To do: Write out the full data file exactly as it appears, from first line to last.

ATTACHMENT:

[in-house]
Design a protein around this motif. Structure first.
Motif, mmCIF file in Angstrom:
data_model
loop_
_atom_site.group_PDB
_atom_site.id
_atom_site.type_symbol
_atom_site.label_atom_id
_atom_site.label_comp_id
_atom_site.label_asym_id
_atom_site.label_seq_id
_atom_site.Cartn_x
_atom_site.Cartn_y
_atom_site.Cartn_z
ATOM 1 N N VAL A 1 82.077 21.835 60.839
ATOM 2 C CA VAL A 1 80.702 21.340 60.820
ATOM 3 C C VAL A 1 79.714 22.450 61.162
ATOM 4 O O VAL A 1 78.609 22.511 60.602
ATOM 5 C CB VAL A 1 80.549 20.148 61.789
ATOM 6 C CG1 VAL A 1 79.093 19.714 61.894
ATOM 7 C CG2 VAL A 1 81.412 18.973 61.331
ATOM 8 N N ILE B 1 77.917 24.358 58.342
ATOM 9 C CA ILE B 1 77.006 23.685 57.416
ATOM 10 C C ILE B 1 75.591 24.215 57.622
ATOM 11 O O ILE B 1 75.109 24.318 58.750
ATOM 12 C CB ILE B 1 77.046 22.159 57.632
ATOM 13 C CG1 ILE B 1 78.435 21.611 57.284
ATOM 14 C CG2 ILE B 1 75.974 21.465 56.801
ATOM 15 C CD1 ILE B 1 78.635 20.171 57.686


[in-house]
Design a protein around this motif. Structure first.
Motif, mmCIF file in Angstrom:
data_model
loop_
_atom_site.group_PDB
_atom_site.id
_atom_site.type_symbol
_atom_site.label_atom_id
_atom_site.label_comp_id
_atom_site.label_asym_id
_atom_site.label_seq_id
_atom_site.Cartn_x
_atom_site.Cartn_y
_atom_site.Cartn_z
ATOM 1 N N VAL A 1 82.077 21.835 60.839
ATOM 2 C CA VAL A 1 80.702 21.340 60.820
ATOM 3 C C VAL A 1 79.714 22.450 61.162
ATOM 4 O O VAL A 1 78.609 22.511 60.602
ATOM 5 C CB VAL A 1 80.549 20.148 61.789
ATOM 6 C CG1 VAL A 1 79.093 19.714 61.894
ATOM 7 C CG2 VAL A 1 81.412 18.973 61.331
ATOM 8 N N ILE B 1 77.917 24.358 58.342
ATOM 9 C CA ILE B 1 77.006 23.685 57.416
ATOM 10 C C ILE B 1 75.591 24.215 57.622
ATOM 11 O O ILE B 1 75.109 24.318 58.750
ATOM 12 C CB ILE B 1 77.046 22.159 57.632
ATOM 13 C CG1 ILE B 1 78.435 21.611 57.284
ATOM 14 C CG2 ILE B 1 75.974 21.465 56.801
ATOM 15 C CD1 ILE B 1 78.635 20.171 57.686